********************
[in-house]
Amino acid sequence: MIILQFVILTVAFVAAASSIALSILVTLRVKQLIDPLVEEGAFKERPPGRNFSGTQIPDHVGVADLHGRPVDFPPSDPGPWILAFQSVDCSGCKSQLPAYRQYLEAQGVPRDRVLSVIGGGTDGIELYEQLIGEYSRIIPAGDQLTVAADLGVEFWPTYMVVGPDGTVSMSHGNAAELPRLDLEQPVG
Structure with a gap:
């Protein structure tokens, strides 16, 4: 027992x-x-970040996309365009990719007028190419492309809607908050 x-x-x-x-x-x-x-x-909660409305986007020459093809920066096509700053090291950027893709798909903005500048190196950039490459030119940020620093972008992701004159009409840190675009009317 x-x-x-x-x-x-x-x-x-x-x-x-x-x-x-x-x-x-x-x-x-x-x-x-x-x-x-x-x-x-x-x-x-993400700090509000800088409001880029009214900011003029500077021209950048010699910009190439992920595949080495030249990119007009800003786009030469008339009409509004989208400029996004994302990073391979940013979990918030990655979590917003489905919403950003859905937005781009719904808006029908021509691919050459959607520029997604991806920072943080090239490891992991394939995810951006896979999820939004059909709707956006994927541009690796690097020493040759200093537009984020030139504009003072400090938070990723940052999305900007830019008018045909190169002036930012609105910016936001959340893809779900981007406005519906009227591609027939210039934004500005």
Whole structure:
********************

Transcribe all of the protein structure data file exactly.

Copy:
[in-house]
Amino acid sequence: MIILQFVILTVAFVAAASSIALSILVTLRVKQLIDPLVEEGAFKERPPGRNFSGTQIPDHVGVADLHGRPVDFPPSDPGPWILAFQSVDCSGCKSQLPAYRQYLEAQGVPRDRVLSVIGGGTDGIELYEQLIGEYSRIIPAGDQLTVAADLGVEFWPTYMVVGPDGTVSMSHGNAAELPRLDLEQPVG
Structure with a gap:
């Protein structure tokens, strides 16, 4: 027992x-x-970040996309365009990719007028190419492309809607908050 x-x-x-x-x-x-x-x-909660409305986007020459093809920066096509700053090291950027893709798909903005500048190196950039490459030119940020620093972008992701004159009409840190675009009317 x-x-x-x-x-x-x-x-x-x-x-x-x-x-x-x-x-x-x-x-x-x-x-x-x-x-x-x-x-x-x-x-x-993400700090509000800088409001880029009214900011003029500077021209950048010699910009190439992920595949080495030249990119007009800003786009030469008339009409509004989208400029996004994302990073391979940013979990918030990655979590917003489905919403950003859905937005781009719904808006029908021509691919050459959607520029997604991806920072943080090239490891992991394939995810951006896979999820939004059909709707956006994927541009690796690097020493040759200093537009984020030139504009003072400090938070990723940052999305900007830019008018045909190169002036930012609105910016936001959340893809779900981007406005519906009227591609027939210039934004500005």
Whole structure: